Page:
Defective Trolley Cage Injury Compensation Claims

If your life, or the life of a loved one, has been affected by a defective trolley cage accident we can help.

The purpose of this guide is to help anyone who has suffered a defective trolley cage accident and is considering a legal claim for compensation. If you are looking for medical advice, please see the NHS website.

In our guide to claiming defective trolley cage injury compensation:

Introduction

Trolley cages (also known as roll cages) are used extensively to transport goods around factories, warehouses and retail environments.

Defective trolley cages can reduce the trolley operator's ability to control the movement of the cage, and its contents. This lack of control can cause accidents, resulting in injury to work colleagues, or members of the public.

Defective trolley cage

Do I have a defective trolley cage injury claim?

A defective trolley cage injury claim should be possible if you sustained an injury:

  • in the last three years, and;
  • someone else was at fault, and;
  • that person owed you a duty of care.
Check my claim

Do I have a claim? - Common questions

What if a child was injured?

The 3 year rule does not apply to minors.

A claim can be pursued for anyone under the age of 18 by a parent, guardian or litigation friend. The injured child has up to the age of 21 to start a defective trolley cage injury claim on their own behalf.

Read more about claiming injury compensation on behalf of a child.

Can I make a defective trolley cage injury claim right up to the three-year limit?

Technically, yes. However, in practice, not always. Many solicitors will not take on a defective trolley cage injury claim that only has a few months (sometimes even a year) left before the time limit expires. The panel of solicitors will take a claim on as late as possible where it is felt that the claim could be successful.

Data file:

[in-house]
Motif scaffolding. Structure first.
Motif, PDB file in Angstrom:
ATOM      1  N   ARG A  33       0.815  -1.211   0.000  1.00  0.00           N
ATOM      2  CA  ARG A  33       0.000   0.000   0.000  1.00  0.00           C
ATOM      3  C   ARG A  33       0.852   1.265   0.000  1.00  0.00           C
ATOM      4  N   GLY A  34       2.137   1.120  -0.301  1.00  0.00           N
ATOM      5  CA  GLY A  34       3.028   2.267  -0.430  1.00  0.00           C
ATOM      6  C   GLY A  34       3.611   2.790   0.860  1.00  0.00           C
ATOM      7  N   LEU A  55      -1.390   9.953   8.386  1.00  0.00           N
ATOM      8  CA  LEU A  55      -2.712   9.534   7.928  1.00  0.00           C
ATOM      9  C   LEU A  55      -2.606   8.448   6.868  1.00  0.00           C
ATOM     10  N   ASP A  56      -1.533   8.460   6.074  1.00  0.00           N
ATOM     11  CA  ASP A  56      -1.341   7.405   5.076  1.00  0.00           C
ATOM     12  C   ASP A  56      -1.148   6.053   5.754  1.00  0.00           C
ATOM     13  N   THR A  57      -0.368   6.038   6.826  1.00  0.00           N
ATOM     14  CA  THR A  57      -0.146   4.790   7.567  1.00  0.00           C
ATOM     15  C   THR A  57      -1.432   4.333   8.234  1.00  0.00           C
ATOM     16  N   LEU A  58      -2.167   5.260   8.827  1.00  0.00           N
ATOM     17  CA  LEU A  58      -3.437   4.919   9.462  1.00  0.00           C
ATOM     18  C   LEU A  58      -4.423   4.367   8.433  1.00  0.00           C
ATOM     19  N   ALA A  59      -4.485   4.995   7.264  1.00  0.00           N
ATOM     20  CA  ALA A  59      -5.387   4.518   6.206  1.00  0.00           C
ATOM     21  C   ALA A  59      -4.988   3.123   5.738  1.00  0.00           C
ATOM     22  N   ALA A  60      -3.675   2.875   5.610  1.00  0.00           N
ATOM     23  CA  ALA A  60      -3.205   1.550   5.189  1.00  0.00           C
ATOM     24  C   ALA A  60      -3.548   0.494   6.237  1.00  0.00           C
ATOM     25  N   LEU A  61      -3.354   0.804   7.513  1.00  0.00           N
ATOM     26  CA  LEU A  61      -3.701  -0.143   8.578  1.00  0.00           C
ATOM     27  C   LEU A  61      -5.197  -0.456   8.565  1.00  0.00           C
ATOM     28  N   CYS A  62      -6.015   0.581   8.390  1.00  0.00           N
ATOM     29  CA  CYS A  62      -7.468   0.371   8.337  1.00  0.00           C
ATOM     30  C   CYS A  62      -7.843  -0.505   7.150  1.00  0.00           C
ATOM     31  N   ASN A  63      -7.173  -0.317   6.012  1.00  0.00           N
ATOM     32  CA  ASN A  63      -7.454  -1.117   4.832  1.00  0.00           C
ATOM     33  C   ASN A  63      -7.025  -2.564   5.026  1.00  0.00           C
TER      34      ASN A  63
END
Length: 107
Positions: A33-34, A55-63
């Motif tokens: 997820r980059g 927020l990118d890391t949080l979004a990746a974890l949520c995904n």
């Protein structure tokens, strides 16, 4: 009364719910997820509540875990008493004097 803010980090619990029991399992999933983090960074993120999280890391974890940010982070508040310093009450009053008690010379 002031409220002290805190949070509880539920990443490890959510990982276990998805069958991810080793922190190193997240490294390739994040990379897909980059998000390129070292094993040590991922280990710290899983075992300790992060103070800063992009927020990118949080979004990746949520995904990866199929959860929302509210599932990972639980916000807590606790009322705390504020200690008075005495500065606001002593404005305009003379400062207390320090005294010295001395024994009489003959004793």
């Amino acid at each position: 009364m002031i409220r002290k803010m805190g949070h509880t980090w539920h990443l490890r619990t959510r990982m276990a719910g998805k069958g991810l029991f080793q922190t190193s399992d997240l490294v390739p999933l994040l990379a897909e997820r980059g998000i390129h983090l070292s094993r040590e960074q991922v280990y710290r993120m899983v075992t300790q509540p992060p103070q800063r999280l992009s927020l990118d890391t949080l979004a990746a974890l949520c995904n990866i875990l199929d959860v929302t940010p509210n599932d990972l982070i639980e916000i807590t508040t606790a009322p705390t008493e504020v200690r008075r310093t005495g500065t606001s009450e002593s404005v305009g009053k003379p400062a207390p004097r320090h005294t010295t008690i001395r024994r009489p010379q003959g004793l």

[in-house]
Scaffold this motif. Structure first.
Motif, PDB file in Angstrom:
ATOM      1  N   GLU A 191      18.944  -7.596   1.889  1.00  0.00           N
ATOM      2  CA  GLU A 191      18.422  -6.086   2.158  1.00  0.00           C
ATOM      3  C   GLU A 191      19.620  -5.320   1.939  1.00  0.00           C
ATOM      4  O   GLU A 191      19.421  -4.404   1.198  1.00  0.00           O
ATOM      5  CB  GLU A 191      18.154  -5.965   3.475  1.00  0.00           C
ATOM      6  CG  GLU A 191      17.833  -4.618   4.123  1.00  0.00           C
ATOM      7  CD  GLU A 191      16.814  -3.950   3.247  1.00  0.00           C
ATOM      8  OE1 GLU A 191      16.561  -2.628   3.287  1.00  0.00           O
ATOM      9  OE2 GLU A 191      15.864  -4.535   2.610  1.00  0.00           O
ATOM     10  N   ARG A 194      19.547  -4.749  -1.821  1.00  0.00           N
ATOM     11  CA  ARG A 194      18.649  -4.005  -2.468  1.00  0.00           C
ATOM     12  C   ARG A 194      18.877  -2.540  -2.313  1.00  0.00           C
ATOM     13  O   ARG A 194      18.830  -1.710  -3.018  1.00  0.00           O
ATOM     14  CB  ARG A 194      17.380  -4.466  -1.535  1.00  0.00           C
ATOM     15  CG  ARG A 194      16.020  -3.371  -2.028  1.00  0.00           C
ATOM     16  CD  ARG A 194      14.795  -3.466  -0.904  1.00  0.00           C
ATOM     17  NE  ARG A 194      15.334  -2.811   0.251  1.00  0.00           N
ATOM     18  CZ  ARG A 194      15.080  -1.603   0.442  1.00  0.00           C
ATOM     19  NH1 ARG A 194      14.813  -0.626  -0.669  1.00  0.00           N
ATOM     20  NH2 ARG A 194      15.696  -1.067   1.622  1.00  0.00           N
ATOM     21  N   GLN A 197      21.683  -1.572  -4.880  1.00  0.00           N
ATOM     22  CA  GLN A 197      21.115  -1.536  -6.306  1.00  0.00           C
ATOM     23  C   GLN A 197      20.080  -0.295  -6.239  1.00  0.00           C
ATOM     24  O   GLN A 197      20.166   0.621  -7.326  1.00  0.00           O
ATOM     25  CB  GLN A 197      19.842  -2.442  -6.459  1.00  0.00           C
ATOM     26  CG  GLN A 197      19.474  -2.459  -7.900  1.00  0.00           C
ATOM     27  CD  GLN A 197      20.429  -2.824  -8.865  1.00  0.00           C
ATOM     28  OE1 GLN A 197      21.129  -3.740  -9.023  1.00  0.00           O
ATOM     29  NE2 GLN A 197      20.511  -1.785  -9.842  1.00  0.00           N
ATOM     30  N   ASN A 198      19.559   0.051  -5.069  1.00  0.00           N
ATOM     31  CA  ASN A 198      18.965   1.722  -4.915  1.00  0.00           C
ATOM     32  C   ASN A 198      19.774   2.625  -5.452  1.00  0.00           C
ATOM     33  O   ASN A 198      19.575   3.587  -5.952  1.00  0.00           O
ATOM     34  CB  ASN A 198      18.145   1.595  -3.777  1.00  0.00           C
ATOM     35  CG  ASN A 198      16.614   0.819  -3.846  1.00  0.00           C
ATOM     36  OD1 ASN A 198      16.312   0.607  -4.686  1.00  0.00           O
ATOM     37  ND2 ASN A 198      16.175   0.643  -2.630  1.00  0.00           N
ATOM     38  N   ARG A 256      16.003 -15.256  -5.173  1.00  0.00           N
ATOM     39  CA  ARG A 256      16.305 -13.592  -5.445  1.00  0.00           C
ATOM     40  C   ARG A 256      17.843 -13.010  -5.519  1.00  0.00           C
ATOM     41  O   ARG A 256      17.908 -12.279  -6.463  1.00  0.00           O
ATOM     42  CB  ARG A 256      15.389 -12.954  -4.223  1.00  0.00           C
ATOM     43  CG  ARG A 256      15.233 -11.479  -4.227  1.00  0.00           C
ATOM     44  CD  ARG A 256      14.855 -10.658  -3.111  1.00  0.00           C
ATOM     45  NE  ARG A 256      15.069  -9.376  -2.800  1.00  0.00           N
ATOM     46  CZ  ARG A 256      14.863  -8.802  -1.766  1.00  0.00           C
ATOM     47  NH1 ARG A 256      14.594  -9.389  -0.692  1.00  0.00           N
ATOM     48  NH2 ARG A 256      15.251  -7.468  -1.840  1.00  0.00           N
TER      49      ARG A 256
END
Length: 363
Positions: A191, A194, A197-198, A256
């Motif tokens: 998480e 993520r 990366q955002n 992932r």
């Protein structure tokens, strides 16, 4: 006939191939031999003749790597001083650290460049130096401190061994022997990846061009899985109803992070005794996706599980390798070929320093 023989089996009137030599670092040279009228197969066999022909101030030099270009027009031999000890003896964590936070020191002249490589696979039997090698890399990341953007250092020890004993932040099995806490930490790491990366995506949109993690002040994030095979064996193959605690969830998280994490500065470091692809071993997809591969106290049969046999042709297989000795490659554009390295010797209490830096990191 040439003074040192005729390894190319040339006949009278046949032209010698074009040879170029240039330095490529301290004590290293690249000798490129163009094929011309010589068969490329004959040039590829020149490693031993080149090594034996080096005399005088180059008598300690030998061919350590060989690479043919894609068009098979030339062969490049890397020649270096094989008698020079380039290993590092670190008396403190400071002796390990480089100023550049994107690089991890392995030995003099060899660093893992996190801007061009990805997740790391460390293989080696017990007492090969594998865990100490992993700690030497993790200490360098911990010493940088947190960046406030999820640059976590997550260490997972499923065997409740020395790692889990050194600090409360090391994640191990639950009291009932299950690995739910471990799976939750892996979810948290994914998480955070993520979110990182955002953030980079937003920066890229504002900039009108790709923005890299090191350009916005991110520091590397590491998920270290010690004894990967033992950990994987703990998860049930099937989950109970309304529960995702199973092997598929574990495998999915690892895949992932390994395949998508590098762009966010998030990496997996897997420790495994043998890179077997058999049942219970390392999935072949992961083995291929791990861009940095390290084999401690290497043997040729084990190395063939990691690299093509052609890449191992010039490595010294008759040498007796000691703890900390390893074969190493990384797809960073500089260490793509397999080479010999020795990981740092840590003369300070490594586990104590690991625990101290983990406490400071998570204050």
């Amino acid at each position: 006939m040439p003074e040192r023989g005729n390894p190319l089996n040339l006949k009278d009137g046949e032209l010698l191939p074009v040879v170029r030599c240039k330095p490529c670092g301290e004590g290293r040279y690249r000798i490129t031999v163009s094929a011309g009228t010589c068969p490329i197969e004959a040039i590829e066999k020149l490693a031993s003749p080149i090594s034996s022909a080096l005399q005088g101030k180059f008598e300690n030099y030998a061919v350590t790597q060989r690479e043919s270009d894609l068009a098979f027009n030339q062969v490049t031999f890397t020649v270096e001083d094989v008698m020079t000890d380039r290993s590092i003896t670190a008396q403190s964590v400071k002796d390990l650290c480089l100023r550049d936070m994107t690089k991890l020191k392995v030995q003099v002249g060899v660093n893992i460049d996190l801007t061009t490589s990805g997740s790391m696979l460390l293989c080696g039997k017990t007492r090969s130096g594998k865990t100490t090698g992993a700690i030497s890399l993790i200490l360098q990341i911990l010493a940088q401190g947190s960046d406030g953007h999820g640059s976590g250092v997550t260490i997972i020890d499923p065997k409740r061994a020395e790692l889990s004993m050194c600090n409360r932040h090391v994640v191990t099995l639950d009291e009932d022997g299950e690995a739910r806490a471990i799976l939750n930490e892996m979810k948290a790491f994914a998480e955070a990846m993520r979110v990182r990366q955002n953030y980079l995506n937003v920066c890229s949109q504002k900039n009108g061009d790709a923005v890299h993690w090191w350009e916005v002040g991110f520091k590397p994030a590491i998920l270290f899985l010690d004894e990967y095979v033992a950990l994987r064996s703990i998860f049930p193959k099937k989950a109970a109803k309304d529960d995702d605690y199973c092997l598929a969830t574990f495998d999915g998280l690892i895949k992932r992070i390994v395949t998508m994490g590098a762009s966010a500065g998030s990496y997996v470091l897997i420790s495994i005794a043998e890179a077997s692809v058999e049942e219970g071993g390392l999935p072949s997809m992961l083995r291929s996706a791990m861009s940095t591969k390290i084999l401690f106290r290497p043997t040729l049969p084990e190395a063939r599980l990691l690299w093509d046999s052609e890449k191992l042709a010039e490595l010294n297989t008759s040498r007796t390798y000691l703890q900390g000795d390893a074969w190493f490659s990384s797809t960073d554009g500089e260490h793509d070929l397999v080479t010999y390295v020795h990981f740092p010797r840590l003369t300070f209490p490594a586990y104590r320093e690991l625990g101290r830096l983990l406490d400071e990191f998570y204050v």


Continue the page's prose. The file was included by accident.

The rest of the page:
How much compensation can I claim for a defective trolley cage injury?

The amount of money you could claim for your defective trolley cage injury will depend on:

  • the extent of your injury, and
  • any financial losses or costs you have incurred.

At the start of your claim, your solicitor will consider the many ways your defective trolley cage injury has affected your life. Your solicitor will take all of these effects into account to calculate the correct compensation award for you.

This calculation will factor in 'general damages' and 'special damages'.

General damages

General damages are awarded for pain, suffering and loss of amenity (PSLA).

Awards for general damages are set by the Judicial College and published in their guidelines for personal injury awards.

Special damages

Special damages are for financial losses and expenses you have incurred as a result of the accident.

What can I claim for after a defective trolley cage injury? (see list)

Examples of special damages (losses you can claim for) include:

  • Lost earnings (including future earnings)
  • Medical treatment costs
  • Physiotherapy
  • Travel costs
  • Costs of care
  • Costs of adapting your home or car

What is the average injury compensation for a defective trolley cage injury claim?

The Judicial College injury tables give a approximate idea of the ranges awarded for different injuries.

However, the money you would receive following a defective trolley cage injury will depend entirely on your specific circumstances.

Your defective trolley cage injury compensation will be calculated based on the unique impact your injuries have had on your life, your ability to work, and the actual financial losses you have incurred as a result of your injuries.

Can I claim for prescription costs?

Special damages?are awarded for costs or losses incurred as a result of the defective trolley cage injury injury. Damages can include loss of earnings, treatment cost and any other 'out-of-pocket' expenses such as prescriptions.?

Defective trolley cage injury compensation

Calculating how much compensation you can claim for a defective trolley cage injury can be complicated.

Our injury compensation calculator tells you if you may have a claim, how much compensation you could claim, and what you can claim for.

Find out what your defective trolley cage injury claim could be worth now:

Calculate compensation

How long does a defective trolley cage injury claim take?

How long it can take to secure compensation for a defective trolley cage accident can vary significantly.